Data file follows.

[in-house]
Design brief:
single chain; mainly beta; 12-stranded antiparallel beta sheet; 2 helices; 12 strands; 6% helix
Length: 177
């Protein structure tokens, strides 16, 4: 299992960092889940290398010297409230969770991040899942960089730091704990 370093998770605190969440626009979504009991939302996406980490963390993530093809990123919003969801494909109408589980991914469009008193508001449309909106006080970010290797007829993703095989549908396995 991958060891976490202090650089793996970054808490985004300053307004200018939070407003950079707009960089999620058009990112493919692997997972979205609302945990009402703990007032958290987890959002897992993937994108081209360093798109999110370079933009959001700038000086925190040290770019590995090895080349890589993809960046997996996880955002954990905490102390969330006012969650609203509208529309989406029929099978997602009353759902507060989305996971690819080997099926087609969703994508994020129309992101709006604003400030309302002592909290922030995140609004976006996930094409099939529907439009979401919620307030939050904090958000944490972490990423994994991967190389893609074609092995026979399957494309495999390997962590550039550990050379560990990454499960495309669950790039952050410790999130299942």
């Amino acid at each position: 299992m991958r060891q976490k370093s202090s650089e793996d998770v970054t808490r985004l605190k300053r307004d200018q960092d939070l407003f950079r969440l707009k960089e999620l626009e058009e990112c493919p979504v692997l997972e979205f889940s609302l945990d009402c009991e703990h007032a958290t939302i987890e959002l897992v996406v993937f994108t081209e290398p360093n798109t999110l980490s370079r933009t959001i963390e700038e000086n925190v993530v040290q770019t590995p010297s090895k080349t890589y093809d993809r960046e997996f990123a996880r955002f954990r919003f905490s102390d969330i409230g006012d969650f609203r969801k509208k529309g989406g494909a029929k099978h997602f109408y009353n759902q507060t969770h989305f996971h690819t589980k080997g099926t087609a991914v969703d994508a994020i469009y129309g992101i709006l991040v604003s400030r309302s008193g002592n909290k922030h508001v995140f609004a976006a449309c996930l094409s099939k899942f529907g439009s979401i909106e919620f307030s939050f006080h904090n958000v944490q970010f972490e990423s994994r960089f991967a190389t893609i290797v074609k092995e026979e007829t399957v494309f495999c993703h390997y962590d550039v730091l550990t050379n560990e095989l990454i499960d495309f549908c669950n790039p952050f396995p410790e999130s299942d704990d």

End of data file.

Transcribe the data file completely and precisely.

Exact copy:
[in-house]
Design brief:
single chain; mainly beta; 12-stranded antiparallel beta sheet; 2 helices; 12 strands; 6% helix
Length: 177
């Protein structure tokens, strides 16, 4: 299992960092889940290398010297409230969770991040899942960089730091704990 370093998770605190969440626009979504009991939302996406980490963390993530093809990123919003969801494909109408589980991914469009008193508001449309909106006080970010290797007829993703095989549908396995 991958060891976490202090650089793996970054808490985004300053307004200018939070407003950079707009960089999620058009990112493919692997997972979205609302945990009402703990007032958290987890959002897992993937994108081209360093798109999110370079933009959001700038000086925190040290770019590995090895080349890589993809960046997996996880955002954990905490102390969330006012969650609203509208529309989406029929099978997602009353759902507060989305996971690819080997099926087609969703994508994020129309992101709006604003400030309302002592909290922030995140609004976006996930094409099939529907439009979401919620307030939050904090958000944490972490990423994994991967190389893609074609092995026979399957494309495999390997962590550039550990050379560990990454499960495309669950790039952050410790999130299942």
């Amino acid at each position: 299992m991958r060891q976490k370093s202090s650089e793996d998770v970054t808490r985004l605190k300053r307004d200018q960092d939070l407003f950079r969440l707009k960089e999620l626009e058009e990112c493919p979504v692997l997972e979205f889940s609302l945990d009402c009991e703990h007032a958290t939302i987890e959002l897992v996406v993937f994108t081209e290398p360093n798109t999110l980490s370079r933009t959001i963390e700038e000086n925190v993530v040290q770019t590995p010297s090895k080349t890589y093809d993809r960046e997996f990123a996880r955002f954990r919003f905490s102390d969330i409230g006012d969650f609203r969801k509208k529309g989406g494909a029929k099978h997602f109408y009353n759902q507060t969770h989305f996971h690819t589980k080997g099926t087609a991914v969703d994508a994020i469009y129309g992101i709006l991040v604003s400030r309302s008193g002592n909290k922030h508001v995140f609004a976006a449309c996930l094409s099939k899942f529907g439009s979401i909106e919620f307030s939050f006080h904090n958000v944490q970010f972490e990423s994994r960089f991967a190389t893609i290797v074609k092995e026979e007829t399957v494309f495999c993703h390997y962590d550039v730091l550990t050379n560990e095989l990454i499960d495309f549908c669950n790039p952050f396995p410790e999130s299942d704990d």